On thin ice: Hooray for the snow

Kai Hagen

February 21, 2003

At the risk of upsetting snow-weary friends and neighbors this week, I have to confess that I really, really love snow.

I always have.

As a boy, I could spend hours watching the snow through the upstairs window. At night, I would sit in the dark and watch the snow fall through the streetlights and sycamore trees. In a good snow, I would even go out from time to time to wipe off part of the hood of the car, so I could see how fast the snow was accumulating. And, no matter how much it snowed, I was always disappointed when it stopped.

Friends have only half-jokingly said I might have a disorder of some sort. Others have wondered if it is genetic, suggesting I just can't help it. Some simply find my enthusiasm irritating, as if rooting for snow, and then more snow, was like being a fan of floods and fires and earthquakes. I prefer to think of it as a harmless obsession.

Of course, kids love snow. And while a cynic might suggest that's because a good snow means a day or two off from school, I remember snow days as outdoor days. Days full of sledding, snowmen, snow forts and snowball fights. And hot chocolate when it was all over.

That was before cable television and home video games. But the scenes at local hills and parks around Frederick County this week make it clear that snow hasn't lost its magic...for kids, anyway.

There is no denying, however, that snow loses much of its appeal for most people as they get older. That might have something to do with having to shovel the snow or scrape snow and ice off the car or commute to work in the snow. It might be because of cancelled events or delayed flights. Could be as simple as negotiating slushy curbsides and slippery sidewalks.

Snow can definitely be inconvenient.

A lot of people who would just as soon keep snow confined to a dusting on Christmas morning, paintings of winter wonderlands, and what they shake up in snow globes.

I'm not one of them.

Rather than diminishing with age, my enthusiasm for snow has grown.

Perhaps I would feel differently if I'd grown up in Vermont or lived in Buffalo. But I grew up down the road in Washington, where snow wasn't frequent enough to be boring, and didn't stick around long enough to get old. From Thanksgiving to the end of February, I wanted it to snow. Winter rains were depressing because they were just wasted chances to have more snow.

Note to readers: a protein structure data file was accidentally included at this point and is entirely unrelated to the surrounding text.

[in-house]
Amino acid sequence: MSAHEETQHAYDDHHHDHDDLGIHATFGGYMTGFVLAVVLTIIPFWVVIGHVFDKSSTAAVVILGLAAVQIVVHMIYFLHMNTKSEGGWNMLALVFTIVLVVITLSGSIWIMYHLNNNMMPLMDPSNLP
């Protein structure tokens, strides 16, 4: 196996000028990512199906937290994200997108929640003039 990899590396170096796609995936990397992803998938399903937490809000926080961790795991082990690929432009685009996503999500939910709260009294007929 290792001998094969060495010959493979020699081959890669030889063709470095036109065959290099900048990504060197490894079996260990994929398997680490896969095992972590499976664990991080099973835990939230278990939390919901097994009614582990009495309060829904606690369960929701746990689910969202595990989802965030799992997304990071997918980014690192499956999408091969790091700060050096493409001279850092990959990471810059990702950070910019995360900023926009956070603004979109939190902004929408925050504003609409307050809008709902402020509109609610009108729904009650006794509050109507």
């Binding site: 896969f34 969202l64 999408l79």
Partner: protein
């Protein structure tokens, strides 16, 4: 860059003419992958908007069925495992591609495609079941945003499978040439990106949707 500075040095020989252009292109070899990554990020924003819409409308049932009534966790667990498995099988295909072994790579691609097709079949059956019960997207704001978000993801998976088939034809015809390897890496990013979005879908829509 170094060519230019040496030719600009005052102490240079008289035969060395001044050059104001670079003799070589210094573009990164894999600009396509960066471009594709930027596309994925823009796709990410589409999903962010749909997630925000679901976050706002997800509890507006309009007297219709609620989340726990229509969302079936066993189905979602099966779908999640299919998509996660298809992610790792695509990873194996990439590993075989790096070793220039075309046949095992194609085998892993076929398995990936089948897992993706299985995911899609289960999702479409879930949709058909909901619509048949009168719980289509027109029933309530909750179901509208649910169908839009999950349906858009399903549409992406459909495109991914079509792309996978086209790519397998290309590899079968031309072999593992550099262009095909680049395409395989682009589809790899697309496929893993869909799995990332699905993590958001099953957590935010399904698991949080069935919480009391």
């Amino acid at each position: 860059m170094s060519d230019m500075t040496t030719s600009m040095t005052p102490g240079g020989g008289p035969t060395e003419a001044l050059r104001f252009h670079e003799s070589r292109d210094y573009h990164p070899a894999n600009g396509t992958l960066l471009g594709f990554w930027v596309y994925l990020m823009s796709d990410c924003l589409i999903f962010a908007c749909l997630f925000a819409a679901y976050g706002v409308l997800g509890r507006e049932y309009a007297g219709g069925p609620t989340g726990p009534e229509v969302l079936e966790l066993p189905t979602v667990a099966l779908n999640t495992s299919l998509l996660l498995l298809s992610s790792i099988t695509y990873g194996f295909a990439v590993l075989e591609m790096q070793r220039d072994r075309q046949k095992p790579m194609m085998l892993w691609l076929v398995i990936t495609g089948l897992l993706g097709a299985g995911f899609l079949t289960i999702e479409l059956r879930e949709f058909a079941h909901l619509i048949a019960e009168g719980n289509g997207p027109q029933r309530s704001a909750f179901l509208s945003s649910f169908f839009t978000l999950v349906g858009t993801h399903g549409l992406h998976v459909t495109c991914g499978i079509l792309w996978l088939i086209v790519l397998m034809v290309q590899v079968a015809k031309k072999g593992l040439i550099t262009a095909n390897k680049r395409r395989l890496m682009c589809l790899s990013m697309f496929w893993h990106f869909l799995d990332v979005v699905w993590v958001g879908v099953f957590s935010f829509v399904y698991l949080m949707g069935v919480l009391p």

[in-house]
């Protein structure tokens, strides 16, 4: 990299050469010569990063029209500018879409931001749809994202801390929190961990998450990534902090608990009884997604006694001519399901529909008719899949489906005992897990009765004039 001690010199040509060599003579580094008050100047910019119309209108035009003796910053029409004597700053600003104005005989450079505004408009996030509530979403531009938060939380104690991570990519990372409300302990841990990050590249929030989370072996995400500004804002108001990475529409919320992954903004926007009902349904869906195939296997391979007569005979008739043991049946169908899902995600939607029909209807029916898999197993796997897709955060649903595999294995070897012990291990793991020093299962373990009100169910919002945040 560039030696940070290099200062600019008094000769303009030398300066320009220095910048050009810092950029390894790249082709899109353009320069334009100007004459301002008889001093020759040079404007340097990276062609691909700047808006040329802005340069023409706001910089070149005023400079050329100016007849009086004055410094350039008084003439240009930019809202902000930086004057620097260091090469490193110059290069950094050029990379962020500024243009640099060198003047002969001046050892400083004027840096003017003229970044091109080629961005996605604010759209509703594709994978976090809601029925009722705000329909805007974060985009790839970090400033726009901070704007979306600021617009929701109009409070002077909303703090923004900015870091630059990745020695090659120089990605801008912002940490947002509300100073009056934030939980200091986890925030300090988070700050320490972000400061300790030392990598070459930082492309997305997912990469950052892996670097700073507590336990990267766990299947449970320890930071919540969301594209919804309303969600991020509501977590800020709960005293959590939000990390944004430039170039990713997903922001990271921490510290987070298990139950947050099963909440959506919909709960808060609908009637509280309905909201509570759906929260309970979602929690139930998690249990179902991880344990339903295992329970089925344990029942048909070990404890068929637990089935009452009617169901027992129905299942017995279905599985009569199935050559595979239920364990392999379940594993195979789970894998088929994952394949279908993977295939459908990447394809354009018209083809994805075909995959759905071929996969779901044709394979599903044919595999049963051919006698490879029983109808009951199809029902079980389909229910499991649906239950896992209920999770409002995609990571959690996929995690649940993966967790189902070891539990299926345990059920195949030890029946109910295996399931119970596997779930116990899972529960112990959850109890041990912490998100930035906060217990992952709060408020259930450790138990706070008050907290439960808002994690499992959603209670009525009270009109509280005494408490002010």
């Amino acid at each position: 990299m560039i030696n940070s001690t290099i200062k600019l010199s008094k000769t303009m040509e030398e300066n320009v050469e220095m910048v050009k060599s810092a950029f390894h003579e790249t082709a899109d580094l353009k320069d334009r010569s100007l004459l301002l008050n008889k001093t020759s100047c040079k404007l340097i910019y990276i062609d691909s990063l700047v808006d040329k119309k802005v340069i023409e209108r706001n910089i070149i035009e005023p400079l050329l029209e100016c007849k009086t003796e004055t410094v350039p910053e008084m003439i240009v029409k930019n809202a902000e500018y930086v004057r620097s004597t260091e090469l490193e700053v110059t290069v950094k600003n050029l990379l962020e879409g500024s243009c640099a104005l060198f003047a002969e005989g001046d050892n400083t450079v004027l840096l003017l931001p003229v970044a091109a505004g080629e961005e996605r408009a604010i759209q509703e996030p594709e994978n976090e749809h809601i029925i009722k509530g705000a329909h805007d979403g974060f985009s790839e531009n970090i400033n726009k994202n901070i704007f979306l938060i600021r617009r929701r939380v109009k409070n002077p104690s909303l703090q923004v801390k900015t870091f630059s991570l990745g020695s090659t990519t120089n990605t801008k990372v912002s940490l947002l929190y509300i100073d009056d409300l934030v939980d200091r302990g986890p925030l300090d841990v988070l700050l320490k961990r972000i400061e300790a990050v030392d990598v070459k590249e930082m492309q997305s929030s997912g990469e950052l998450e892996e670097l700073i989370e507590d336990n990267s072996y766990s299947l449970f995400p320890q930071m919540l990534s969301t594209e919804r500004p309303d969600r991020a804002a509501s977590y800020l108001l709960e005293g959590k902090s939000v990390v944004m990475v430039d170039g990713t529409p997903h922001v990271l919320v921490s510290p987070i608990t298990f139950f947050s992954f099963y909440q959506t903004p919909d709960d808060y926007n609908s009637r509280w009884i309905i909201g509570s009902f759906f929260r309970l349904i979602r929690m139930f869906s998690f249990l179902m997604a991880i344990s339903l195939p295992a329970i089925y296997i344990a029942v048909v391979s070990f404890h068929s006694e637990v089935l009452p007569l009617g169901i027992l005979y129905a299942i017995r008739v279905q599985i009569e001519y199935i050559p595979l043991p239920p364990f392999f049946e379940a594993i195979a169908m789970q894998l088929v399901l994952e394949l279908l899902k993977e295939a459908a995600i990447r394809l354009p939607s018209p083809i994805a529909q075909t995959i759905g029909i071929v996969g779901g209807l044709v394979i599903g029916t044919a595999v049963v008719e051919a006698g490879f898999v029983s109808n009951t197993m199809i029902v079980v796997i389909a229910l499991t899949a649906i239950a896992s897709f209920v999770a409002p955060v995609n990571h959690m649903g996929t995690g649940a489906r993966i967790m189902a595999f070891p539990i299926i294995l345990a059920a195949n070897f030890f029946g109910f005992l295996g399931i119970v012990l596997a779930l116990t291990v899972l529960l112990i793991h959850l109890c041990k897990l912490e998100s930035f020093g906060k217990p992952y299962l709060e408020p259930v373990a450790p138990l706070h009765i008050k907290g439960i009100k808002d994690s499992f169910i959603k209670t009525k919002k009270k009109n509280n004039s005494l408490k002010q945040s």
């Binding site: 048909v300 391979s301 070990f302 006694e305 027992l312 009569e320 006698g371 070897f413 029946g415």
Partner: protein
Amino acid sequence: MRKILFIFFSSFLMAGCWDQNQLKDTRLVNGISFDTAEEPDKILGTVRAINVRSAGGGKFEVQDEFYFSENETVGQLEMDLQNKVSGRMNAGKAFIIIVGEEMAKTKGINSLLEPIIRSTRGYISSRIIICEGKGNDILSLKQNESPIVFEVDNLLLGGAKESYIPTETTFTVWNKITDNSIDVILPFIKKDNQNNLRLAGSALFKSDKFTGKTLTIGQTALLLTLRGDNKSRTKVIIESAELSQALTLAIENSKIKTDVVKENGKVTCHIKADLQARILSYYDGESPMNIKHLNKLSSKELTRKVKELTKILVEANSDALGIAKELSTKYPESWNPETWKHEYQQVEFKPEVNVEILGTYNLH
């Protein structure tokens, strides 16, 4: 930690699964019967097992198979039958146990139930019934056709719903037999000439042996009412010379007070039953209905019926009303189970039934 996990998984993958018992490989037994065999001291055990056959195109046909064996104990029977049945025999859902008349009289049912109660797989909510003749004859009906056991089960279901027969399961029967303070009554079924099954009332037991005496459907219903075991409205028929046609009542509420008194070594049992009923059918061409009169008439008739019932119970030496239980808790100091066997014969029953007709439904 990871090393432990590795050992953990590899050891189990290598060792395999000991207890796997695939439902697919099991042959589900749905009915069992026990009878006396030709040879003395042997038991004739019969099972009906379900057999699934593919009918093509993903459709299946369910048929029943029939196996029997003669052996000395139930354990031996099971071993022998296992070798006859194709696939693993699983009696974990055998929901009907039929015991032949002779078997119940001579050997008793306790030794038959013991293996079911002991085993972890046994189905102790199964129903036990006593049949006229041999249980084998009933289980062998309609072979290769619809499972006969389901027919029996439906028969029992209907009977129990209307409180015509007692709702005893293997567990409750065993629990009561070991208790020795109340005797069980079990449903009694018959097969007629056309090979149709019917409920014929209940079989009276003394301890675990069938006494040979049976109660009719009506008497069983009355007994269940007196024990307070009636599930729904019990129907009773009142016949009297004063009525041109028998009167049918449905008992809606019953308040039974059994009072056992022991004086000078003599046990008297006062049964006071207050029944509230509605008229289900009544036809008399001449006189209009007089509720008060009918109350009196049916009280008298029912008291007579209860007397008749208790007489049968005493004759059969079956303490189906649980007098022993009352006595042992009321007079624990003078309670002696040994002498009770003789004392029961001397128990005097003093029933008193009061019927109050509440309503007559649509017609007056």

It is said you should be careful what you ask for, because you just might get it. And that is pretty much what happened when I went off to Minnesota! The manufacturers of car batteries used to go there to test batteries and it was the ideal place to test my affection for winter and snow. It hardly seemed a coincidence when my first northern winter turned out to be the coldest in decades.

That record-breaking January, when the temperature reached thirty-five degrees below zero and everyone went about their normal routine, I realized I was in for a genuine adventure.

In the end, I experienced thirteen Minnesota winters without losing my enthusiasm for all things snow. Quite the contrary, actually. Like a botanist moving to the rainforest, or a marine biologist moving to the Great Barrier Reef, I learned there was a lot more variety to it than I had imagined. A real winter wasn't just a somewhat colder and longer version of what I already knew.

More than just a passing season, winter in Minnesota was a place. It was a place with its own special beauty.

It was also a place where softball fields became hockey rinks and hiking trails become groomed cross country ski trails. Where blue lakes dotted with sailboats became white and windswept villages of ice fishing cabins.

I used to think people in Scandinavia and Canada and Minnesota were outdoors people because northern summers are short. That warm days were too precious to waste. There might be some truth to that, but there is more to it.

Winter in Minnesota was simply too long to wait it out inside, as one might here, and too intense to ignore. Instead, winter was celebrated with January parades and outdoor festivals and winter sports. Except for the fact that I'd never put on skis and considered skating a success if I didn't hurt myself, I fit right in.

Nevertheless, even most Minnesotans will admit that winter can be too long, that you can have too much of a good thing. The day after a mid-April blizzard would not be a good time to wax poetic about snow there. I hope I am not on thin ice waxing nostalgic about winter after a mid-February
snowstorm here.

I don't want to have Minnesota winters here. When March arrives, I'll be ready for spring. I'm looking forward to emerging wildflowers and blossoming trees. I'll be thrilled to hear the first wood frogs and spring peepers and songbirds. But the alternative to snow in February is cold rain and bare trees, not short sleeves and picnics.

I like living in a place with four roughly equal seasons. I just want to get my fair share of winter out of the winter season. Not surprisingly, I was happy to see the snow falling last weekend.

But I'll admit I was even more pleased to get so much snow. Snow is nice. But a lot of snow is more than just a lot of snow. It changes everything for a few days. A big snow alters the landscape. It forces us out of our routines. It insists we take a break. It's an adventure.

Most of us can go about our daily lives through heat waves and cold snaps and droughts and almost any other weather. But a big snow or blizzard is like a thunderstorm that doesn't go away as soon as the sun comes out.

We can't change it and we can't ignore it.

So we might as well enjoy it.

Like kids.

To get in touch, e-mail Kai Hagen at